Tigers center fielder Austin Jackson is eligible to come off the DL this Friday, but it ain’t gonna happen:
While Jackson remains in Detroit rehabbing with physical therapist Steve Scher, he isn’t ready for baseball activities and won’t do any until the Tigers return home and have their medical staff re-evaluate him Friday. That’s also the first day Jackson will be eligible to come off the 15-day disabled list.
Any chance of having him back Friday with little or no work on the field now seems out of consideration.
The linked article has a quote from Jim Leyland in which he notes that this is not good news. I applaud writer Jason Beck for editing out what was almost certainly Leyland’s first reaction to the news: “@#$^%(#^^!!$&#@@”
Any more time without Jackson is bad news for the struggling Tigers because he’s seen major improvement this year, hitting .331/.414/.544 with five homers, 17 RBI, six stolen bases and a .958 OPS in 36 games while cutting down on his strikeouts and drawing more walks.
The Giants beat the Cardinals on Saturday night, but there was some grumpiness between a couple of Giants players all the same.
As Hank Shulman reports, late in the 13-inning game Fox TV cameras caught catcher Buster Posey yelling at first baseman Belt after Stephen Piscotty of the Cardinals stole second base. Then, after the final out, there was a brief, cold stare down between the teammates. The issue would appear to be Posey being upset with Belt for not holding Piscotty close at first base and then Belt being upset with Posey for calling him out in front of God and the fans and the TV cameras and everyone.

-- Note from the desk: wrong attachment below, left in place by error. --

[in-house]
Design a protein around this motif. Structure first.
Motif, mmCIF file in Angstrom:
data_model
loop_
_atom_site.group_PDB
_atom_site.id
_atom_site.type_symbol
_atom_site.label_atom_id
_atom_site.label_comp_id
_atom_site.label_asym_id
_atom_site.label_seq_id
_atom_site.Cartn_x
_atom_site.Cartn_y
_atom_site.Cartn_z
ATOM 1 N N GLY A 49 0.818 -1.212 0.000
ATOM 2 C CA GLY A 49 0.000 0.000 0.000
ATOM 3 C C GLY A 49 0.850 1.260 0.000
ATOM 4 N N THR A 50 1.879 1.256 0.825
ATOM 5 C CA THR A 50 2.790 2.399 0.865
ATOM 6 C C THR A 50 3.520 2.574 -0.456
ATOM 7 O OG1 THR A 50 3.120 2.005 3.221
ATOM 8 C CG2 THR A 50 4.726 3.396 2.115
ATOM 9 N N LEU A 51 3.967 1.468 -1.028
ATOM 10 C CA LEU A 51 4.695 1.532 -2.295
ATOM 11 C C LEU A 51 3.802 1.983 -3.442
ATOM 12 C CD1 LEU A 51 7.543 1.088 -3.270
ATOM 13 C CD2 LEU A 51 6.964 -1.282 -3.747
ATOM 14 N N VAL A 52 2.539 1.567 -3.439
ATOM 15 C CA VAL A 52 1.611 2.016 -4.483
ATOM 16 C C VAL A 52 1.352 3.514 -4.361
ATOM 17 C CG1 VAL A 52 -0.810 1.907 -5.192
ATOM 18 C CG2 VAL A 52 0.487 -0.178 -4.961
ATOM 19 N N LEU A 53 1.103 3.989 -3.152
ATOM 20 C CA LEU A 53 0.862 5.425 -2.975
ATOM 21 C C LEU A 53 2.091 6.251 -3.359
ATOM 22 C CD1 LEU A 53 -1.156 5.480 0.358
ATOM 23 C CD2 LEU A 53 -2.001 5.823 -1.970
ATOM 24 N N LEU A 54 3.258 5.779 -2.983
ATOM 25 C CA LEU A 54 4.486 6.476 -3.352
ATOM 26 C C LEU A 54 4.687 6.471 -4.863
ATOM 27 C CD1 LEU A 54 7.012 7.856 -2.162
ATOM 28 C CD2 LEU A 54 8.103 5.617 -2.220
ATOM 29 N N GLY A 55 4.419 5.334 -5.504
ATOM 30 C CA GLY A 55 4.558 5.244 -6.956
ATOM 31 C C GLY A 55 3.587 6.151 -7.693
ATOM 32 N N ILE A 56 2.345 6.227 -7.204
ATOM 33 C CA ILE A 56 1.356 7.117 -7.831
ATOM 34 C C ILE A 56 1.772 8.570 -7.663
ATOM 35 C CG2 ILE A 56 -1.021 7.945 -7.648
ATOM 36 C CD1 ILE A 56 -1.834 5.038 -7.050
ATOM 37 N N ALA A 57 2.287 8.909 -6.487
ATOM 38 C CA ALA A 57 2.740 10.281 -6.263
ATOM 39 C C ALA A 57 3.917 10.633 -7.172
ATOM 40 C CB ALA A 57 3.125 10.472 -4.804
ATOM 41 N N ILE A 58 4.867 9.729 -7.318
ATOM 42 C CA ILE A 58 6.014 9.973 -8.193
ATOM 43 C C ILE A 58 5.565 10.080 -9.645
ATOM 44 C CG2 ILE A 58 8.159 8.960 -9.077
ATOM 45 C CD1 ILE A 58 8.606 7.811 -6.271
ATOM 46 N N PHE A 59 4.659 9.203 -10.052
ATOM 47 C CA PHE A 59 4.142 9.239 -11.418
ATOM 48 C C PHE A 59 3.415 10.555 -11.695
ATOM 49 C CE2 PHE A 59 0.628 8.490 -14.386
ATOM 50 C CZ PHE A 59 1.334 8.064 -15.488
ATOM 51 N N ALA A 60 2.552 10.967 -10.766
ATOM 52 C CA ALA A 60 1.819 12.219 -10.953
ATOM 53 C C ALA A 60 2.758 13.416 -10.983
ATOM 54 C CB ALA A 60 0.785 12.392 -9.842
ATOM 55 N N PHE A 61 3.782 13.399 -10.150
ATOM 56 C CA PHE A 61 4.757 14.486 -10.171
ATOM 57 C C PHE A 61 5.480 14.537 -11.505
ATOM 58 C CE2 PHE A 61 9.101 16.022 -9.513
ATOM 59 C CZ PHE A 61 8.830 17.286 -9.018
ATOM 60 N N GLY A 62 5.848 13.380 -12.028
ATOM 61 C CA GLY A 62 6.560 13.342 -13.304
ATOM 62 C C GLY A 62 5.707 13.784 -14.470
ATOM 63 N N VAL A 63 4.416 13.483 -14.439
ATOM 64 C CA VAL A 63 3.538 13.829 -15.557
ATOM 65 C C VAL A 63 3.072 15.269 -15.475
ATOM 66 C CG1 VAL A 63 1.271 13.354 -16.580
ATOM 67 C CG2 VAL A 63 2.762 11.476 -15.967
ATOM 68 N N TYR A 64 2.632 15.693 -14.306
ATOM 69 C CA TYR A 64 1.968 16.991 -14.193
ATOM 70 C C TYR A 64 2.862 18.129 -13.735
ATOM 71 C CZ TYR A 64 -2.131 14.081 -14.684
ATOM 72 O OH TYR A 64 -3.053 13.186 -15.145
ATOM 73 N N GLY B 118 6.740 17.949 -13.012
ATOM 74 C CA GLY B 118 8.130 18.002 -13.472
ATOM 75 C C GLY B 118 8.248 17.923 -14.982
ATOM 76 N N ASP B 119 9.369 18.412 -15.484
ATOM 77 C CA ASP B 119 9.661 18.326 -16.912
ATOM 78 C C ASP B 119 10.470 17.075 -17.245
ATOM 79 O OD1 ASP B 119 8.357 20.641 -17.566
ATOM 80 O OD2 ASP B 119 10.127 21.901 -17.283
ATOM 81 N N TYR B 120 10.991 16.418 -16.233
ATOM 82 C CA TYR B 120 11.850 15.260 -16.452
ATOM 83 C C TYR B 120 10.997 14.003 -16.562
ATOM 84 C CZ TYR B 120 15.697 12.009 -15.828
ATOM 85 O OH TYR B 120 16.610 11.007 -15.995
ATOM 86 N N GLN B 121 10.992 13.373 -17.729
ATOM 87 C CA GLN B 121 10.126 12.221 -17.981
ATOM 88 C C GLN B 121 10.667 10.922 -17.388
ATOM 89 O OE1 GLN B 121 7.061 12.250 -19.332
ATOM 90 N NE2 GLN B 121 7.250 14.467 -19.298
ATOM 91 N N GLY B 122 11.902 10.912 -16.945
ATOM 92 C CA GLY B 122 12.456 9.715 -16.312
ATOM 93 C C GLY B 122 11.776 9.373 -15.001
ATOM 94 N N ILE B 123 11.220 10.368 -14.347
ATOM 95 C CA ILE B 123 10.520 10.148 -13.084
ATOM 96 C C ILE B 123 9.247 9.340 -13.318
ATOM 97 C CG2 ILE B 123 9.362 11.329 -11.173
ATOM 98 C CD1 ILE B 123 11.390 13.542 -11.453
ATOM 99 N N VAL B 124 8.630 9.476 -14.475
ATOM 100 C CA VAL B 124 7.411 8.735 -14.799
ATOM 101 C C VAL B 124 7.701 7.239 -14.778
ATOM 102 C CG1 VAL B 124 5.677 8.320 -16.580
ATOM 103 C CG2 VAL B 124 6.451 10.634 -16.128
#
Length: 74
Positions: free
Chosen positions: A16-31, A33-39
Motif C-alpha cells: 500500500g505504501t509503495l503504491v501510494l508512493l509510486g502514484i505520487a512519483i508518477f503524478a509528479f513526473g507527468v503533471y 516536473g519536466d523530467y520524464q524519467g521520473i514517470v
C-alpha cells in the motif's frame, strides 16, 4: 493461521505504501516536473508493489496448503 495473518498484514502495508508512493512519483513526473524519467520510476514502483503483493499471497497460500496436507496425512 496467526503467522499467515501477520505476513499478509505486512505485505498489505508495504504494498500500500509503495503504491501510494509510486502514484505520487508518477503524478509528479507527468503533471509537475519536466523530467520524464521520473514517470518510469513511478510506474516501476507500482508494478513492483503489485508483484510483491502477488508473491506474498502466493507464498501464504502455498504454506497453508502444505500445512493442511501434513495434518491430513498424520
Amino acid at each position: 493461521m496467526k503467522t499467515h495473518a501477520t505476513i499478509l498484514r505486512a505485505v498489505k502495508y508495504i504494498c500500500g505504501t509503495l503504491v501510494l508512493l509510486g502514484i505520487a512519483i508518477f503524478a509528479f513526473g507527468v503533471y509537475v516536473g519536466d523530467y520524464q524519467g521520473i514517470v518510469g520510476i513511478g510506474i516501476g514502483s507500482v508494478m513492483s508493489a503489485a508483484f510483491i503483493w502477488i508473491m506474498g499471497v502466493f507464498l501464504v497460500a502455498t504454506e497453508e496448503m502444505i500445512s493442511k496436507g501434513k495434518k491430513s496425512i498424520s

Neither Posey nor Belt would talk about it to reporters afterwards or on Sunday, saying the matter was between them and that they’d deal with it privately. Which is a smart move.
Of course, if Posey heeded that advice beforehand and took up his dissatisfaction with Belt in private, the reporters wouldn’t have even known about it in the first place.
The Yankees probably have the best minor league system in baseball right now and the best player in that system is, without question, shortstop Gleyber Torres. Now that top prospect is a step closet to the Bronx: he has been promoted to Triple-A Scranton/Wilkes-Barre.
The Yankees don’t rush their prospects anywhere nearly as fast as a lot of teams do, but Torres, who is only 20, proved himself to be ready for the promotion. In 32 games at Double-A Trenton this year he hit .273/.367/.496 in 139 plate appearances. That OPS is almost 100 points higher than that which he posted in high A-ball in 2016.
Torres came over to the Yankees from the Cubs organization in the Aroldis Chapman trade last summer. At this rate he’ll be playing shortstop behind Chapman in New York before too long.